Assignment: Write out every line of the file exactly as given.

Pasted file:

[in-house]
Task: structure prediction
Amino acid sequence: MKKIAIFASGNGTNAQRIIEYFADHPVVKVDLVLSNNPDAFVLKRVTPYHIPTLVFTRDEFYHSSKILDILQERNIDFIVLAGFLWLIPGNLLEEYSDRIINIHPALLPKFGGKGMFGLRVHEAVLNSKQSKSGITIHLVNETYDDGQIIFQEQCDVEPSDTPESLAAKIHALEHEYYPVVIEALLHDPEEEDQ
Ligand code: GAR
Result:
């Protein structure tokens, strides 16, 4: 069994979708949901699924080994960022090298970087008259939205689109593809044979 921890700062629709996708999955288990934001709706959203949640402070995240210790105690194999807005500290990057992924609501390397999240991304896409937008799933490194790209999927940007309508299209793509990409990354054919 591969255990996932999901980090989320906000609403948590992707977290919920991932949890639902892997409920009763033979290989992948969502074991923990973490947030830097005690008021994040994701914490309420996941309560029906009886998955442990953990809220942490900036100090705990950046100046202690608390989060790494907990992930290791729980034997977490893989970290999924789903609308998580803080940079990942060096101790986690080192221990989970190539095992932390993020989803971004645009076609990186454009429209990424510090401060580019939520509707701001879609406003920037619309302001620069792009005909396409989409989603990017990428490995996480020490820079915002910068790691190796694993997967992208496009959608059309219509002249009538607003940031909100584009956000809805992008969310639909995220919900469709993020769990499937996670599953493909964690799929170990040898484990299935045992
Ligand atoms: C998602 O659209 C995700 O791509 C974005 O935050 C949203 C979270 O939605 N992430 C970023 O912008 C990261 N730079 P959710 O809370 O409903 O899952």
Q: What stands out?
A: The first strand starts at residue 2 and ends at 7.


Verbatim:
[in-house]
Task: structure prediction
Amino acid sequence: MKKIAIFASGNGTNAQRIIEYFADHPVVKVDLVLSNNPDAFVLKRVTPYHIPTLVFTRDEFYHSSKILDILQERNIDFIVLAGFLWLIPGNLLEEYSDRIINIHPALLPKFGGKGMFGLRVHEAVLNSKQSKSGITIHLVNETYDDGQIIFQEQCDVEPSDTPESLAAKIHALEHEYYPVVIEALLHDPEEEDQ
Ligand code: GAR
Result:
């Protein structure tokens, strides 16, 4: 069994979708949901699924080994960022090298970087008259939205689109593809044979 921890700062629709996708999955288990934001709706959203949640402070995240210790105690194999807005500290990057992924609501390397999240991304896409937008799933490194790209999927940007309508299209793509990409990354054919 591969255990996932999901980090989320906000609403948590992707977290919920991932949890639902892997409920009763033979290989992948969502074991923990973490947030830097005690008021994040994701914490309420996941309560029906009886998955442990953990809220942490900036100090705990950046100046202690608390989060790494907990992930290791729980034997977490893989970290999924789903609308998580803080940079990942060096101790986690080192221990989970190539095992932390993020989803971004645009076609990186454009429209990424510090401060580019939520509707701001879609406003920037619309302001620069792009005909396409989409989603990017990428490995996480020490820079915002910068790691190796694993997967992208496009959608059309219509002249009538607003940031909100584009956000809805992008969310639909995220919900469709993020769990499937996670599953493909964690799929170990040898484990299935045992
Ligand atoms: C998602 O659209 C995700 O791509 C974005 O935050 C949203 C979270 O939605 N992430 C970023 O912008 C990261 N730079 P959710 O809370 O409903 O899952």
Q: What stands out?
A: The first strand starts at residue 2 and ends at 7.